Artistic works are protectable subject matter through Intellectual property regimes. The legal framework of intellectual property is covered by various international instruments. The Berne Convention for the Protection of Literary and Artistic Works was formulated in 1886, and has been subject to several revisions. The scope of subject matter under this Convention is literary and artistic works, which is interpreted broadly to embrace any production in the literary, scientific or artistic domain. There is also the Paris Convention (1883) and the TRIPS Agreement (1994) The WIPO Performances and Phonograms Treaty (the WPPT) protects performances of literary and artistic works or expressions of folklore.
WIPO Copyright Treaty (the WCT, 1996) This Treaty is a special agreement within the meaning of Article 20 of the Berne Convention for the Protection of Literary and Artistic Works, as regards Contracting Parties that are countries of the Union established by that Convention.It is interesting to note that Zimbabwe is a signatory to all the above treaties and conventions.
Zimbabwe Copyright and Neighboring Rights Act (2004) Initially, it was Copyright Act (Chapter 26:1) which came into force on January 1, 1981. The law’s subject matter was particularly focusing on Copyright and Related Rights (Neighboring Rights), Enforcement of IP and Related Laws, IP Regulatory Body, Traditional Cultural Expressions, Traditional Knowledge (TK). In 2004, the law was amended and was later called Copyright and Neighboring Rights Act (2004). Part II Sec 9 (2) reads; Copyright subsists in a work if it is eligible for copyright in terms of Sec. 10…Sec. 10 literary works and… (c) artistic works.
Ownership of copyright
On ownership of Copyright, Sec 14 (6) states that ownership of any copyright conferred by Sec. 13 shall initially vest in the State or the International organization concerned, not in the author. Then Section 18 (a) states acts restricted by copyright in artistic works. It spells out that subject to the Act, copyright in an artistic work shall vest in the owner the exclusive right to do or to authorize the doing of reproducing the work, importing the work in Zimbabwe or exporting it from Zimbabwe, other than for the personal and private use of the person importing or exporting it.
In spite of the provisions of the Act, there still exist complaints from some communities that their cultural expressions and representations are being used without artists’s authority. To make matters worse, their works are used in disrespectful and inappropriate ways, causing cultural offence and harm. We hear other artists complaining that third parties exploit their designs without their authority or mutual agreement or even benefit-sharing.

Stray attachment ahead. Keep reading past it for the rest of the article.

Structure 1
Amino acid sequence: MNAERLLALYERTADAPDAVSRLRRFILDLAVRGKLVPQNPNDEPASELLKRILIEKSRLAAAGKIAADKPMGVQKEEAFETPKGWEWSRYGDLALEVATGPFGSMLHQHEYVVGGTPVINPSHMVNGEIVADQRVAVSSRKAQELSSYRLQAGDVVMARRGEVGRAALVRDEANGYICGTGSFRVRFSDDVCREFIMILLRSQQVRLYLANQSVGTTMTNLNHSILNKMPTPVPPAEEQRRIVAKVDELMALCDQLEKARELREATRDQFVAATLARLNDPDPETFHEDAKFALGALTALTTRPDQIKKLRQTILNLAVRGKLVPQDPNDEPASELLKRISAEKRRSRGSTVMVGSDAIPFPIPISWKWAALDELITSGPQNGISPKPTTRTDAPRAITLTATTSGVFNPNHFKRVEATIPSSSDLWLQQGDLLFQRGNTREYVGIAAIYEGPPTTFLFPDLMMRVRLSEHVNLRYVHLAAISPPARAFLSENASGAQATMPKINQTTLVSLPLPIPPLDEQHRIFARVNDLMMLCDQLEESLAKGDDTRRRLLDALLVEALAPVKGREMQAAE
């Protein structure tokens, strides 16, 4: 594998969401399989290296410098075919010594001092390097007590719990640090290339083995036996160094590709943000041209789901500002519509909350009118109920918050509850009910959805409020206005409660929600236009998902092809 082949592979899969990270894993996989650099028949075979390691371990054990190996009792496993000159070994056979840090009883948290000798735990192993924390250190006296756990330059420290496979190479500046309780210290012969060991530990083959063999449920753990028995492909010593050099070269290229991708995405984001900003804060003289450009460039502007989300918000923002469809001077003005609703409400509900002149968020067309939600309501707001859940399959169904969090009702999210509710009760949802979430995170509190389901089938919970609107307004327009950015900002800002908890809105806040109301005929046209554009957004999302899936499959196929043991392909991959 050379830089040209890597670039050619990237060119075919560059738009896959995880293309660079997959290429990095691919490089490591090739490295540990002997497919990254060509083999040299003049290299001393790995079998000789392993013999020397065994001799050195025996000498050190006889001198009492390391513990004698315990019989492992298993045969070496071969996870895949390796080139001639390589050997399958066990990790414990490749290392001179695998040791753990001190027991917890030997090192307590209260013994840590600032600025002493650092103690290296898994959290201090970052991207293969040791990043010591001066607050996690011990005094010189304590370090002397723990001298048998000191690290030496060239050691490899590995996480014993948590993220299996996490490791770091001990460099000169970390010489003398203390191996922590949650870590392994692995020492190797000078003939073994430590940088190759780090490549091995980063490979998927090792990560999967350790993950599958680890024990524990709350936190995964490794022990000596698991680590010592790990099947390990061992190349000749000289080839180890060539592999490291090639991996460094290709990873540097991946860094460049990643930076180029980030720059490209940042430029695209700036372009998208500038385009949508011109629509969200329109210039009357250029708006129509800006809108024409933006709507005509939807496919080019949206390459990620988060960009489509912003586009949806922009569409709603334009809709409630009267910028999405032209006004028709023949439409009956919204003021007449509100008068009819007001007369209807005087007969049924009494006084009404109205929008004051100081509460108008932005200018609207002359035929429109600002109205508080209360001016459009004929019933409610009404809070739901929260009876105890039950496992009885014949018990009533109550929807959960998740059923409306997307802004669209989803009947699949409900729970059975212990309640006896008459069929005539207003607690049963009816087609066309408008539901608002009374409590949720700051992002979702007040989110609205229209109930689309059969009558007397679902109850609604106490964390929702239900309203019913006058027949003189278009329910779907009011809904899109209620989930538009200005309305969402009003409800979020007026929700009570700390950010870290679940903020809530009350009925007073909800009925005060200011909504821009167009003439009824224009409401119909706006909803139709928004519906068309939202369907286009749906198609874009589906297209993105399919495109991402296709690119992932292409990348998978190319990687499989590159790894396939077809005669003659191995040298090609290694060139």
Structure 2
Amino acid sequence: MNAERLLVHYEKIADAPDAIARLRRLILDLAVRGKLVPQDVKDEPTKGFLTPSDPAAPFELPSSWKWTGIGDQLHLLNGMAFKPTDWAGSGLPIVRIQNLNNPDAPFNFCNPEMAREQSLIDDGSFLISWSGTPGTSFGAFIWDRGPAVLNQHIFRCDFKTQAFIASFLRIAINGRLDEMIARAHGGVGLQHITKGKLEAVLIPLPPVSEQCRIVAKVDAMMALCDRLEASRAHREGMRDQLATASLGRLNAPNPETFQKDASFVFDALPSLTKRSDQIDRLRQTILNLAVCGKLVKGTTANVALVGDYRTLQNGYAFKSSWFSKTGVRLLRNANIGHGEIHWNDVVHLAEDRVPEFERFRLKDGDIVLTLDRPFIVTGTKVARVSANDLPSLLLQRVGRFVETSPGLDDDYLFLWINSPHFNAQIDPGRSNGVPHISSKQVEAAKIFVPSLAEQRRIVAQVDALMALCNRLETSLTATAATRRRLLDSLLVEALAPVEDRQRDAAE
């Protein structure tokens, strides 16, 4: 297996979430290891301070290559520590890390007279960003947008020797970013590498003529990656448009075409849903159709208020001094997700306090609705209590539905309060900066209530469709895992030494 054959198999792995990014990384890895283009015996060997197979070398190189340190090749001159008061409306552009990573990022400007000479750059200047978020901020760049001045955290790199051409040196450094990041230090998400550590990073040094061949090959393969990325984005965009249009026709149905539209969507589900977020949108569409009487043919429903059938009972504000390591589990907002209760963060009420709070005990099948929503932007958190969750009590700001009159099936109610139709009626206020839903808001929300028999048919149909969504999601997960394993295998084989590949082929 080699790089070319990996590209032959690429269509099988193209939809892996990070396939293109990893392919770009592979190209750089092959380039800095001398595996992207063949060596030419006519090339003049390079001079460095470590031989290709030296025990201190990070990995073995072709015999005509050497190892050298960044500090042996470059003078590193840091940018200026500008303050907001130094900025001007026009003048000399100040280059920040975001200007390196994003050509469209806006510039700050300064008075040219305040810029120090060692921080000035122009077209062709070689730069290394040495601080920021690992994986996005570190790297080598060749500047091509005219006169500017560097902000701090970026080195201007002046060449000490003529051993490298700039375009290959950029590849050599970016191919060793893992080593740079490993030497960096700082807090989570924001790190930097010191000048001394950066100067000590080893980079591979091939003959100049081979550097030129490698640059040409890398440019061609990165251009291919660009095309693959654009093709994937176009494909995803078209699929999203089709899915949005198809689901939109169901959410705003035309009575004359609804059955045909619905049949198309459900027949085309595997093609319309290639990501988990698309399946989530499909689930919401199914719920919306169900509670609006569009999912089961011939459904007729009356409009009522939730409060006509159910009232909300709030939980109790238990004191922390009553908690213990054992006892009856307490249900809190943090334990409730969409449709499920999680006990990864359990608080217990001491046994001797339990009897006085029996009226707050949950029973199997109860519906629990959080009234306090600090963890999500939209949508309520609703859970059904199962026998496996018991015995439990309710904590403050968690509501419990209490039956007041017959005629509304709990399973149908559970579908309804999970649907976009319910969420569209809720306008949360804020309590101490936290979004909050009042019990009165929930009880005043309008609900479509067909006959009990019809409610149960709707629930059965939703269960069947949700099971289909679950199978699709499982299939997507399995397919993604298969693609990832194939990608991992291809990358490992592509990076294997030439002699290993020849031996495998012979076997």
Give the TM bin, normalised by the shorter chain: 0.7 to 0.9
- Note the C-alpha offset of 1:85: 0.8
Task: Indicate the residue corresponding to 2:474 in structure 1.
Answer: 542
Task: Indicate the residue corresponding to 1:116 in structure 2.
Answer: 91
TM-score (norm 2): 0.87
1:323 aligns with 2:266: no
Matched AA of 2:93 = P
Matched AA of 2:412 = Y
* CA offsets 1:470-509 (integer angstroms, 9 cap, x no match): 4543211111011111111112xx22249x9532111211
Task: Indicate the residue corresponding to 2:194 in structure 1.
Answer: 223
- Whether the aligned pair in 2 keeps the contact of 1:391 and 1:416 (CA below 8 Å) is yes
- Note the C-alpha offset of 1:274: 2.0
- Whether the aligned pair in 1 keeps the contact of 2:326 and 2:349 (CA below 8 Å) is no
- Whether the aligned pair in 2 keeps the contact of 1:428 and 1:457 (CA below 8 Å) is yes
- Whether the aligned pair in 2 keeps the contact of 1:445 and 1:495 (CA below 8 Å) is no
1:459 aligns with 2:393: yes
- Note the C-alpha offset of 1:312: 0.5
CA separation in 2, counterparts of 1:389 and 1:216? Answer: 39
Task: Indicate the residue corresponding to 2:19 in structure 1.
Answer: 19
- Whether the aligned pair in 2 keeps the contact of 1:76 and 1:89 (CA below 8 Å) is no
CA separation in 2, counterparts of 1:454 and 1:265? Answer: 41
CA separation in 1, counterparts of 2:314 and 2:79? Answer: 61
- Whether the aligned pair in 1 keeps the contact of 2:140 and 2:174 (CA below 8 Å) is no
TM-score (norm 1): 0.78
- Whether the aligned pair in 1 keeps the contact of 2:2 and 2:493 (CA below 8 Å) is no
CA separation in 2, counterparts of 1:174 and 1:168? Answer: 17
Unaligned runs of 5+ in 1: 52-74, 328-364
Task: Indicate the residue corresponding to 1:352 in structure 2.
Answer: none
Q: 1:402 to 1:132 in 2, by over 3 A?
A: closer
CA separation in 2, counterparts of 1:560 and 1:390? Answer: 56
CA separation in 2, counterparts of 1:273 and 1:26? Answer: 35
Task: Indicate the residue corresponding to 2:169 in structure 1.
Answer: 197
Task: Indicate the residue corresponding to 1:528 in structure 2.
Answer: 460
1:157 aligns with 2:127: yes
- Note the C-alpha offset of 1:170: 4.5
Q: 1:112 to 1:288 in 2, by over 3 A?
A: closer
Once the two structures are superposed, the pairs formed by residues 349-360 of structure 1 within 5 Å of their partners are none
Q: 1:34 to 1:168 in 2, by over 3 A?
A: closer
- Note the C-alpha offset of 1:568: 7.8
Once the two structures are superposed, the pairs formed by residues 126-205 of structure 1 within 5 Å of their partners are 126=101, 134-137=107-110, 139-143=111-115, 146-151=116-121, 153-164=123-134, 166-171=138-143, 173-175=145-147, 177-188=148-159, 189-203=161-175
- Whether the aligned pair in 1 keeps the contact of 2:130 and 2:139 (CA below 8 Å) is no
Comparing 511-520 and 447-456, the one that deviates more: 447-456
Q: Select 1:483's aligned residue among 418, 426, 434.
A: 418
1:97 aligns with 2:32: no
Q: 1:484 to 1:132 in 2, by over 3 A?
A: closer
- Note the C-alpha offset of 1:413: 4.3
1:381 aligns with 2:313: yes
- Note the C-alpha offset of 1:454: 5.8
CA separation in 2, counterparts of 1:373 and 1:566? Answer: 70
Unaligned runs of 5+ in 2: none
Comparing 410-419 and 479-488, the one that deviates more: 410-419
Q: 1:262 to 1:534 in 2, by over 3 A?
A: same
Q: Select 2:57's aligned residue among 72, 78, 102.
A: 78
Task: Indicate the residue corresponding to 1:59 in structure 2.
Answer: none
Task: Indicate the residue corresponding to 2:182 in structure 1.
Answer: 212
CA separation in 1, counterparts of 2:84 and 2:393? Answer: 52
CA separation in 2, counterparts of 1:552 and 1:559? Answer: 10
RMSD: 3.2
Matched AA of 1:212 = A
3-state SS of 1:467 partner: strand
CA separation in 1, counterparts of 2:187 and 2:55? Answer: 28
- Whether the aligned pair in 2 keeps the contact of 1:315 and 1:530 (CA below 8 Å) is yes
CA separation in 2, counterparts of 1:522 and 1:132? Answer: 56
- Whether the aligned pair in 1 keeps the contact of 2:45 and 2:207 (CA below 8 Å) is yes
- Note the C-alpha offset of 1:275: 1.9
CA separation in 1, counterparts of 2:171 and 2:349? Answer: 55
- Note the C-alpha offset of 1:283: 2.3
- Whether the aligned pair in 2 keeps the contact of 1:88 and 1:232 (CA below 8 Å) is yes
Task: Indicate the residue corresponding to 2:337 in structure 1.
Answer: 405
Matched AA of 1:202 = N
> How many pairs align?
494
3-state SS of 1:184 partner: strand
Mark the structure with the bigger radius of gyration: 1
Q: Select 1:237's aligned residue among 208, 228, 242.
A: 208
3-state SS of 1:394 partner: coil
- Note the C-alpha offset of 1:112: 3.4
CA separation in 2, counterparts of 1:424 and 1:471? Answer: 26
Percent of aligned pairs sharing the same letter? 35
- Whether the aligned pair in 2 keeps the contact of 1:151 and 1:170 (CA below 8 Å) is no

Sec. 15 (f) states that any literary, musical or artistic work, the life of the author and fifty years from the end of the year in which the author dies. Legal rights based on the copyright system empower copyright owners and their heirs in title to benefit financially for a long but fixed period of time This then poses some challenges when it comes to crafts made communally, for example the Tonga basketry in Matabeleland North province of Zimbabwe.
To protect the cultural works under the Industrial Design Act may pose a lot of challenges.As provided in Part III 6 (2) and (3) these cultural products may not generally pass the aspect of new or cultural. Only a sigh of relief can be brought about under section 12 (2) where it says; Where copyright subsists in an artistic work and an application is made by, or with the consent of, the owner of that copyright for the registration of a corresponding design, that design shall not be treated for the purpose of this Act as being other than new or original by reason of any use previously made of the artistic work… The sui generis protection Having realized that the existing protection regimes do not fully embrace and take on board adequate protection of cultural products, the researcher suggested that what appears most appropriate is a sui generis system of protection that takes into account cultural products’ economic importance, against the background of concerns raised by the majority of the participants in this study.
Sui generis is a Latin phrase meaning “of its own kind”. A sui generis system, for example, is a system specifically designed to address the needs and concerns of a particular issue. This simply means a system entirely separate from and different from the current IP system can be used to protect the cultural products. Any sui generis regime should define the nature of the rights conferred.
Another very important observation by Asein (2009) is that there is need for a comprehensive national strategy within the framework of cultural and economic development. Thus, under this system, Zimbabwe should enact regulations whose aim is to prevent the sale, importation, exportation, reproduction and adaptation of the cultural products. Therefore to come up with a system of its kind, a model can help to institute such a dimension.
The COINDTRAM Model
I would like to suggest a kind of a model that can be used to protect cultural products in Zimbabwe. COINDTRAM is actually an acronym which stands for Copyright- Industrial Design – Trademark protection model. Mixing and blending relevant provisions under each regime will help to come up with a unique protection model of its kind.
Till next time!